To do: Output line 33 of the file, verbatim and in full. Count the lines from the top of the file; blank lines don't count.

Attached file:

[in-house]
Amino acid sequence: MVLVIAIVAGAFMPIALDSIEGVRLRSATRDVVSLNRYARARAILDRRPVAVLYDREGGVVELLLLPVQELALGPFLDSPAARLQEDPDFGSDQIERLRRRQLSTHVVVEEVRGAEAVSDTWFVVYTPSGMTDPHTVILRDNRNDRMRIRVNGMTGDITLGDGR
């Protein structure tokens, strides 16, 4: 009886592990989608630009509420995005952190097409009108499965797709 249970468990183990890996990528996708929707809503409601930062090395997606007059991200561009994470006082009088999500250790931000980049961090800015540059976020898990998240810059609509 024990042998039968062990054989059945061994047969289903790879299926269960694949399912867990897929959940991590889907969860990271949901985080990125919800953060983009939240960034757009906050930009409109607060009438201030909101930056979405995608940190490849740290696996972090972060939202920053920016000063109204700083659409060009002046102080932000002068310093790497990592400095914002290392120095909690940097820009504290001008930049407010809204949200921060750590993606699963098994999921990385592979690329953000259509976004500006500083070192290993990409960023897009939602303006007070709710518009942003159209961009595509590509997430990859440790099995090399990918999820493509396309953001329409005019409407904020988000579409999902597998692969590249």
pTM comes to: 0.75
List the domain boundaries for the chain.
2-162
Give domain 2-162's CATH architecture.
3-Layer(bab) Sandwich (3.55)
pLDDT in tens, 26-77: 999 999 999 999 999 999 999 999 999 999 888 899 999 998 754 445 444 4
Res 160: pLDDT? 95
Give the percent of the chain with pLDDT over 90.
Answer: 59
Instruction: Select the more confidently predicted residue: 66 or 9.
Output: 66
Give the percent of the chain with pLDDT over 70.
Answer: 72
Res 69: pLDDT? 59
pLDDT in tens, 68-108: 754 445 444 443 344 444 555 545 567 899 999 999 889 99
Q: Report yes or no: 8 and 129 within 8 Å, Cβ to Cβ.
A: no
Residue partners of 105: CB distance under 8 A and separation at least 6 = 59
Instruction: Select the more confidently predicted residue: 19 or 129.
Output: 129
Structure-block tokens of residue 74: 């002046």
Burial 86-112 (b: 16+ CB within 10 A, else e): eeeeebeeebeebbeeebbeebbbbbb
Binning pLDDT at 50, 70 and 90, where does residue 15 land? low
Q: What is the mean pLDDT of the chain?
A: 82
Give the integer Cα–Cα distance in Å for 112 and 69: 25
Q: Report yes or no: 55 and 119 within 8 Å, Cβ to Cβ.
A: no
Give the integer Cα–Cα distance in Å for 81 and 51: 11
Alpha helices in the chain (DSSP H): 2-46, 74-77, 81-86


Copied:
Alpha helices in the chain (DSSP H): 2-46, 74-77, 81-86